The Chicago Manual of Style, 16th edition (University of Chicago Press, 2010), paragraph 6.18
“When a conjunction joins the last two elements in a series of three or more, a comma … should appear before the conjunction. Chicago strongly recommends this widely practiced (sic) usage.”
“Avoid the so-called Oxford comma; say ‘he ate bread, butter and jam’ rather than ‘he ate bread, butter, and jam’.”
“In general, do not use a comma before and or or in a series.”
“A comma is used before and, or, or etc. in a list when its omission might either give rise to ambiguity or cause the last word or phrase to be construed with a preposition in the preceding phrase. … Generally, however, a comma is not used before and, or or etc. in a list.”
BuzzFeed uses the serial (aka Oxford) comma: e.g., We picked up cyan, magenta, yellow, and black balloons for the party.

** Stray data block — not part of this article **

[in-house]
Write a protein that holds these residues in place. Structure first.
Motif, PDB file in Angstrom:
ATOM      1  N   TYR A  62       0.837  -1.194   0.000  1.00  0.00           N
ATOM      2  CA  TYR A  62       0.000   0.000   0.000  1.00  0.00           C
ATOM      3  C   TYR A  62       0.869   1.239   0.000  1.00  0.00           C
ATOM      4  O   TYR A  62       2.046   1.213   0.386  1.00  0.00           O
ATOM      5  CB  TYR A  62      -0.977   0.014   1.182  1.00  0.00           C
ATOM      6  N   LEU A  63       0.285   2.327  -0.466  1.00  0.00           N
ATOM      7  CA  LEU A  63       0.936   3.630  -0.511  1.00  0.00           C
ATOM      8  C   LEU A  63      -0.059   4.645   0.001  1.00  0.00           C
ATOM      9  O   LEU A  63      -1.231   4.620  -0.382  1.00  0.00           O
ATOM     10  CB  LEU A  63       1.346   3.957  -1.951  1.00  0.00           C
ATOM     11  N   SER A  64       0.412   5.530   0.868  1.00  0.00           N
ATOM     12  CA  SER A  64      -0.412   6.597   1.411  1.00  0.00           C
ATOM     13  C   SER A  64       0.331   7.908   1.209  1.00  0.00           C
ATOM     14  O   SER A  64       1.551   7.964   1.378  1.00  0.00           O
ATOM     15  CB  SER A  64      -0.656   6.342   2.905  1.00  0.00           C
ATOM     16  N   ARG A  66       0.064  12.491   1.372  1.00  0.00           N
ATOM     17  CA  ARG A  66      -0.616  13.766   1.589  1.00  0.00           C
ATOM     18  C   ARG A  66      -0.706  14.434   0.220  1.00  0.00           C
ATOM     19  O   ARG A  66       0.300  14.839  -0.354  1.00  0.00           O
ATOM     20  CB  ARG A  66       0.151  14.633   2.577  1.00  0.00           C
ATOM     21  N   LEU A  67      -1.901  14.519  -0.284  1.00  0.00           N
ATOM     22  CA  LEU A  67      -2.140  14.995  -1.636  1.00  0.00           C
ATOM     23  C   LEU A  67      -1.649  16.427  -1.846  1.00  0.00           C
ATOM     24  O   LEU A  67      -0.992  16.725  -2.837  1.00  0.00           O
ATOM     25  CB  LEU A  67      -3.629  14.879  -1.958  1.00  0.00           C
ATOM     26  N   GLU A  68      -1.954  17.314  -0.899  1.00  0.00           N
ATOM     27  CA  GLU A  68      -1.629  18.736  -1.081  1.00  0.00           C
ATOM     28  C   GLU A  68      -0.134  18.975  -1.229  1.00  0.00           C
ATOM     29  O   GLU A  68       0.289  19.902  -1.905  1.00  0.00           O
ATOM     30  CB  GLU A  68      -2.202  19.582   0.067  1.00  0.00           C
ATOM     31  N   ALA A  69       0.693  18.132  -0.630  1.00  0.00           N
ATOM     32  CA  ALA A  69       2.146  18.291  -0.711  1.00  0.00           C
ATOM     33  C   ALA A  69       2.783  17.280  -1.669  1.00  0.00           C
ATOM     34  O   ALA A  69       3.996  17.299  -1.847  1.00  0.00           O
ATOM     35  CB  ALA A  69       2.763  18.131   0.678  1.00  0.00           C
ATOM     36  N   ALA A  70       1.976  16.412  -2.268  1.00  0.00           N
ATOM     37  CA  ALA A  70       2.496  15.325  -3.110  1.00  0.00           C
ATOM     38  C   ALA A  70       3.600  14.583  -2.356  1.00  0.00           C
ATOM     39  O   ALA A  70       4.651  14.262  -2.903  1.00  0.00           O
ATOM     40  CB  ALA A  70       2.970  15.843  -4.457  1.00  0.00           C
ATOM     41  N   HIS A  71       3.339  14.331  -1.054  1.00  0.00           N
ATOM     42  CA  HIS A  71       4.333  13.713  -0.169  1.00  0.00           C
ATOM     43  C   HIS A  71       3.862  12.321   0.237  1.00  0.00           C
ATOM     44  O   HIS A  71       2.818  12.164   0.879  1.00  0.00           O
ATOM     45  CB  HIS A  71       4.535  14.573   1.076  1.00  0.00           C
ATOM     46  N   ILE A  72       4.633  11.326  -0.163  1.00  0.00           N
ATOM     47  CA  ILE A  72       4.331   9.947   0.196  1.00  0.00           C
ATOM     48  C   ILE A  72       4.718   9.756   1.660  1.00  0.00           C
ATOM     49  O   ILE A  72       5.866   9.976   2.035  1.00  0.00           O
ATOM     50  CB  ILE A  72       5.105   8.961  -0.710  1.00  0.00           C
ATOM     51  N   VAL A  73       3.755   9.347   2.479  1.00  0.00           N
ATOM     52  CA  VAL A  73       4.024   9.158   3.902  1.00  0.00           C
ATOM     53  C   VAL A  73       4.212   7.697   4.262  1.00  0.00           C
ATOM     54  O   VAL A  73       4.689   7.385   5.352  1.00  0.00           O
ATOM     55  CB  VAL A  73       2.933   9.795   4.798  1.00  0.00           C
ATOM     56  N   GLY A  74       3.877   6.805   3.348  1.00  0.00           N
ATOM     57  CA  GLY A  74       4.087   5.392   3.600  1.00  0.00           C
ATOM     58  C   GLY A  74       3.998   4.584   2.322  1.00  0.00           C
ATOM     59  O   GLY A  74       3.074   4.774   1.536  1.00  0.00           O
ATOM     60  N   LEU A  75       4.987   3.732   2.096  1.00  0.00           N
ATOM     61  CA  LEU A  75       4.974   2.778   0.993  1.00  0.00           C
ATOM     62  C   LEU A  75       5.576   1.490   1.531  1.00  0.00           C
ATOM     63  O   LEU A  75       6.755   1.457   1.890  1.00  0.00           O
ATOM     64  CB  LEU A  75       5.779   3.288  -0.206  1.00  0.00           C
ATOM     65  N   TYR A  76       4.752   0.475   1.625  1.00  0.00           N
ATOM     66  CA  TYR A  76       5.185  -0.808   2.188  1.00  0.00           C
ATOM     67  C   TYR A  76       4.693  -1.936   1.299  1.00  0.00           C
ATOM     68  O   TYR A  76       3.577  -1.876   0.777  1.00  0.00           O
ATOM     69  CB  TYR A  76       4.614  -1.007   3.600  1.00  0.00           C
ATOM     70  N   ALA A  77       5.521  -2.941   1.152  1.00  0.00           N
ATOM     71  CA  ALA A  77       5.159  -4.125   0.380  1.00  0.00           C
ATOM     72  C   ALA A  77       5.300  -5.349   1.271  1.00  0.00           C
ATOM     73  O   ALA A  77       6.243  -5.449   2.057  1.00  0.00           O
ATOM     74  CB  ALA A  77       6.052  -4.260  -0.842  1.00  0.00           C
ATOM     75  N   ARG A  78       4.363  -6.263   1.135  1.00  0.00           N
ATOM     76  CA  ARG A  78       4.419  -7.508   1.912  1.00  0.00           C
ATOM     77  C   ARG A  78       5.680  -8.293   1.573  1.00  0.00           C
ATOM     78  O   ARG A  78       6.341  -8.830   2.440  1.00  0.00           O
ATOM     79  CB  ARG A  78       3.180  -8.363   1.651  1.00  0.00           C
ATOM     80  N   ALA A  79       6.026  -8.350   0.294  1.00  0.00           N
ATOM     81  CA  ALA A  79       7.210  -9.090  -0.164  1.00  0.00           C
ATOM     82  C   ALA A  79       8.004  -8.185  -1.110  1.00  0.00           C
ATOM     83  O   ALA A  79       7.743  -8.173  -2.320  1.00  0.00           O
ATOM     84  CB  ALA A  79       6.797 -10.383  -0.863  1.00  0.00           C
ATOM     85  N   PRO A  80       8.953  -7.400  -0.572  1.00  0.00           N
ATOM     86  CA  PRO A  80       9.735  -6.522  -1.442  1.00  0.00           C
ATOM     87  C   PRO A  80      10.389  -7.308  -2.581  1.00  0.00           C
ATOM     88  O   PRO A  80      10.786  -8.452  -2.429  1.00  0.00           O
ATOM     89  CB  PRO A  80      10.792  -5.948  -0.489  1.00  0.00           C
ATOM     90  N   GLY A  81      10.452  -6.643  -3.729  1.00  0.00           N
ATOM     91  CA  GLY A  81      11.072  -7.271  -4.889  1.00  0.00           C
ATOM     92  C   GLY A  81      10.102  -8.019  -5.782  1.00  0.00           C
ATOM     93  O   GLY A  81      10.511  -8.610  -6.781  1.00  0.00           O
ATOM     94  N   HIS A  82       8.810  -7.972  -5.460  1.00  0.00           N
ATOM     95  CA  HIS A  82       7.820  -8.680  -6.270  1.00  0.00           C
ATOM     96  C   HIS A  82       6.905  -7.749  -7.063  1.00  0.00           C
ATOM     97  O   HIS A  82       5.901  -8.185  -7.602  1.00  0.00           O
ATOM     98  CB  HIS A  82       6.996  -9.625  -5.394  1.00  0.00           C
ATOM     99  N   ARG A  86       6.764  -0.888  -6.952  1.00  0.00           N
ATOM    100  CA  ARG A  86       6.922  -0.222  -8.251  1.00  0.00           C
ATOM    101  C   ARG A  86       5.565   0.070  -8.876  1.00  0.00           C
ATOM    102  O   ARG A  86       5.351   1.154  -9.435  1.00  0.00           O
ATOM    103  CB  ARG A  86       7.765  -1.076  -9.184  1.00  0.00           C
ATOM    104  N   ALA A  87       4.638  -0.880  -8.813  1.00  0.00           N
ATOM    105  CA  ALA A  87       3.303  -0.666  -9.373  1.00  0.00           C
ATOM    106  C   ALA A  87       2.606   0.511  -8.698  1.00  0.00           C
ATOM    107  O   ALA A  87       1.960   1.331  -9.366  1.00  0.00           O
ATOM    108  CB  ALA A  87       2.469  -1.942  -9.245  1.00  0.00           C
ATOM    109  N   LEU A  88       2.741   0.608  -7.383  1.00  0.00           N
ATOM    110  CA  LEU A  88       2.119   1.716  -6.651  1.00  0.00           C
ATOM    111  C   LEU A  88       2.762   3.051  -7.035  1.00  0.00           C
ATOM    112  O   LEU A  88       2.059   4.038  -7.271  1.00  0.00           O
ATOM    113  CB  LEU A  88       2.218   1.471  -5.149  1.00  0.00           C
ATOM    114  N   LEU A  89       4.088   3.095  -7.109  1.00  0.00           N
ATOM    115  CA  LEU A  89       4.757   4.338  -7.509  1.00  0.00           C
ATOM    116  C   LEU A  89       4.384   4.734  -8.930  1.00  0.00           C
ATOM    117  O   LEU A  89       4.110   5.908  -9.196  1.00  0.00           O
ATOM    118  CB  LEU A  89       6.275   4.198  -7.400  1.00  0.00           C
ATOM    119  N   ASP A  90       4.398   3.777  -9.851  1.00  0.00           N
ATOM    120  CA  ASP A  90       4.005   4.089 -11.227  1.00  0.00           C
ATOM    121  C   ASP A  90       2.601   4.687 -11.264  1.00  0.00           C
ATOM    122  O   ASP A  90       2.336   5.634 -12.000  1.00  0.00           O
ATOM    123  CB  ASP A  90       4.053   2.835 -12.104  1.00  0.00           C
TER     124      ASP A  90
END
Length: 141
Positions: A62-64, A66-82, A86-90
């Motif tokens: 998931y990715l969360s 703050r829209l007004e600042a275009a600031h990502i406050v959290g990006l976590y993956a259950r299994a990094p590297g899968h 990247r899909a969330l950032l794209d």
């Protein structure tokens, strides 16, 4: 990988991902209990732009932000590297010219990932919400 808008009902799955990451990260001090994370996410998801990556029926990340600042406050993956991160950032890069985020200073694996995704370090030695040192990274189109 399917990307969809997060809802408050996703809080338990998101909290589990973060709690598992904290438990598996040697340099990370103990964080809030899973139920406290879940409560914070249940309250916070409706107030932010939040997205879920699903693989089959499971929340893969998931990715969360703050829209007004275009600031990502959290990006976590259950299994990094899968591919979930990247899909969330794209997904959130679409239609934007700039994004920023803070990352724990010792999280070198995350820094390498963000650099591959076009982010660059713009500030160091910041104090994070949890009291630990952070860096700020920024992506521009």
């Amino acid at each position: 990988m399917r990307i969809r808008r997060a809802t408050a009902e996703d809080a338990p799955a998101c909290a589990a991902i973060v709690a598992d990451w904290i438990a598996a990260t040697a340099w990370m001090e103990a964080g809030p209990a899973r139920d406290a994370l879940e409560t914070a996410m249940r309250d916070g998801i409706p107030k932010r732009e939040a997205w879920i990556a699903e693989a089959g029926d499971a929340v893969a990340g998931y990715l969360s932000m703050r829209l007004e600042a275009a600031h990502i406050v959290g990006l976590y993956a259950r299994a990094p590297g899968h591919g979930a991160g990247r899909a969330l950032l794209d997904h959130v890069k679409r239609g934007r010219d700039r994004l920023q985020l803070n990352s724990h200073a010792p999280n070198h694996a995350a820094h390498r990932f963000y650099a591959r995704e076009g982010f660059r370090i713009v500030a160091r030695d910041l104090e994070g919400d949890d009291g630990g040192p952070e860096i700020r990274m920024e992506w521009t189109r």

An Oxford comma is one used before an “and” at the end of a list and is used to avoid ambiguity:
The family meal was soup, fish and chips, and ice cream.
The jumper is available in green, yellow, and black and white.
The Serial Comma/Oxford Commas
The serial comma (also known as the Oxford comma) is a comma that appears before “and” in a list. Omit the serial comma unless the sentence would be unclear without it.
I think that we have four for, and three against. So it is a close vote.
What comma rule should you use?
Due to the different stances that are taken by the style guides above, it is clearly up to you to decide.
However, when in doubt, or if you think your readers will be in doubt, use the extra comma. You don’t have to be a slave to it but rather look at its use as being a tool to improve your writing clarity.
In closing, I would like to say that I needed a lot of quiet time while I was researching and writing this blog post.
So I would like to thank the kids next door, my cleaning lady, my wife and dog for giving me some quiet time.
Um? No! No! No! No! Let me try that again, with a comma!
So I would like to thank the kids next door, my cleaning lady, my wife, and dog for giving me some quiet time.
Yes, I am definitely an Oxford comma proponent. Are you?